in quos ut patris sui quoque defectores ira magis quam ex usu praesenti accensus, implicatur obsidione urbis validae et munimentis obiecti amnis muroque et commeatibus firmatae.Rage against the place, which indeed had also revolted from his father, rather than considerations of policy, made him embarrass himself with the siege of a strong city, which the defence of a river flowing by it, with fortifications and supplies, had thoroughly secured.
"an et illic nocte intempesta rapientur arma? unus alterve perditus ac temulentus (neque enim pluris consternatione proxima insanisse crediderim) centurionis ac tribuni sanguine manus imbuet, imperatoris sui tentorium inrumpet?"""Will you in the field too snatch up your arms in the dead of night? Shall one or two worthless and drunken fellows, for I cannot believe that more were carried away by the frenzy of the late outbreak, imbrue their hands in the blood of centurions and tribunes, and burst into the tent of their Emperor?
Nam et Calvum et Asinium et ipsum Ciceronem credo solitos et invidere et livere et ceteris humanae infirmitatis vitiis adfici: solum inter hos arbitror Brutum non malignitate nec invidia, sed simpliciter et ingenue iudicium animi sui detexisse.Calvus, Asinius, Cicero himself, I presume, were apt to be envious and ill-natured, and to have the other faults of human infirmity. Brutus alone of the number in my opinion laid open the convictions of his heart frankly and ingenuously, without ill-will or envy.
Latum ab X tribunis plebis contradicentibus inimicis, Catone vero acerrime repugnante et pristina consuetudine dicendi mora dies extrahente, ut sui ratio absentis haberetur, ipso consule Pompeio ; qui si improbasset, cur ferri passus esset? Si probasset, cur se uti populi beneficio prohibuisset? Patientiam proponit suam, cum de exercitibus dimittendis ultro postulavisset; in quo iacturam dignitatis atque honoris ipse facturus esset.That a bill had been carried by the ten tribunes of the people (notwithstanding the resistance of his enemies, and a very violent opposition from Cato, who in his usual manner, consumed the day by a tedious harangue) that he should be allowed to stand candidate, though absent, even in the consulship of Pompey; and if the latter disapproved of the bill, why did he allow it to pass? if he approved of it, why should he debar him [Caesar] from the people's favor? He made mention of his own patience, in that he had freely proposed that all armies should be disbanded, by which he himself would suffer the loss both of dignity and honor.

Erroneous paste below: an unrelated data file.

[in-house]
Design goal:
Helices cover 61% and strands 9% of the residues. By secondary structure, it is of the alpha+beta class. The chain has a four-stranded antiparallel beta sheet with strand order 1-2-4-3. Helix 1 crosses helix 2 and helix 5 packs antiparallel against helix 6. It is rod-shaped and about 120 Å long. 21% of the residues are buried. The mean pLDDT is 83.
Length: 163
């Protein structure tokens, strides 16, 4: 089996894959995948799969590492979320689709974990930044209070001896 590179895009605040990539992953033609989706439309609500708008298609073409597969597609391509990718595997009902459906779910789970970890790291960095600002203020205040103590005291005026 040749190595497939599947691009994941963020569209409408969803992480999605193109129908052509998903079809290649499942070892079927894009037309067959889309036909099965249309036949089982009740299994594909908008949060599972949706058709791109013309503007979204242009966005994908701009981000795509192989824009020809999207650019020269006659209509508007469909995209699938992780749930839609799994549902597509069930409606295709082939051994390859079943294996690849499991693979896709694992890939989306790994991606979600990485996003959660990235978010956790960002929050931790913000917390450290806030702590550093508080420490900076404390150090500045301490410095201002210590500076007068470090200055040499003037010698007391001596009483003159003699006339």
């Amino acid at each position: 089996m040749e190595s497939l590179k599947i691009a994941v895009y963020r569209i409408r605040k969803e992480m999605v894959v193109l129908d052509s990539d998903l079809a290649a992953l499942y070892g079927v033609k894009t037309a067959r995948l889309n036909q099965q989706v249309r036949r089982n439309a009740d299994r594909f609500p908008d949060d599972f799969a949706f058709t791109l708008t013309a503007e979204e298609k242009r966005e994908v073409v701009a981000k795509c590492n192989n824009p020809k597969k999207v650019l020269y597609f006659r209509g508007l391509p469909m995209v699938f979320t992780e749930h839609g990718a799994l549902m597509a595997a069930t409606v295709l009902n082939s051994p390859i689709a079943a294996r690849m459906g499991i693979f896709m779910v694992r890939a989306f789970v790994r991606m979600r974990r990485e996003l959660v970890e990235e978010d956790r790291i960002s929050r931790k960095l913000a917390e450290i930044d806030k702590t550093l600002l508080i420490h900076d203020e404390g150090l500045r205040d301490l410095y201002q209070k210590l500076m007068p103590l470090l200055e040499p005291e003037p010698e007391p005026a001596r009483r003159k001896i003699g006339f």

Magno ea fletu et mox precationibus faustis audita; ac si modum orationi posuisset, misericordia sui gloriaque animoi audientium impleverat: ad vana et totiens inrisa revolutus, de reddenda re publica utque consules seu quis alius regimen susciperent, vero quoque et honesto fidem dempsit.But he now fell back on those idle and often ridiculed professions about restoring the republic, and the wish that the consuls or some one else might undertake the government, and thus destroyed belief even in what was genuine and noble. The same honours were decreed to the memory of Drusus as to that of Germanicus, and many more were added.
proinde socios civis et deos ipsos precor, hos ut mihi ad finem usque vitae quietam et intellegentem humani divinique iuris mentem duint, illos ut, quandoque concessero, cum laude et bonis recordationibus facta atque famam nominis mei prosequantur.' perstititque posthac secretis etiam sermonibus aspernari talem sui cultum."And therefore this is my prayer to our allies, our citizens, and to heaven itself; to the last, that, to my life's close, it grant me a tranquil mind, which can discern alike human and divine claims; to the first, that, when I die, they honour my career and the reputation of my name with praise and kindly remembrance."" Henceforth Tiberius even in private conversations persisted in showing contempt for such homage to himself."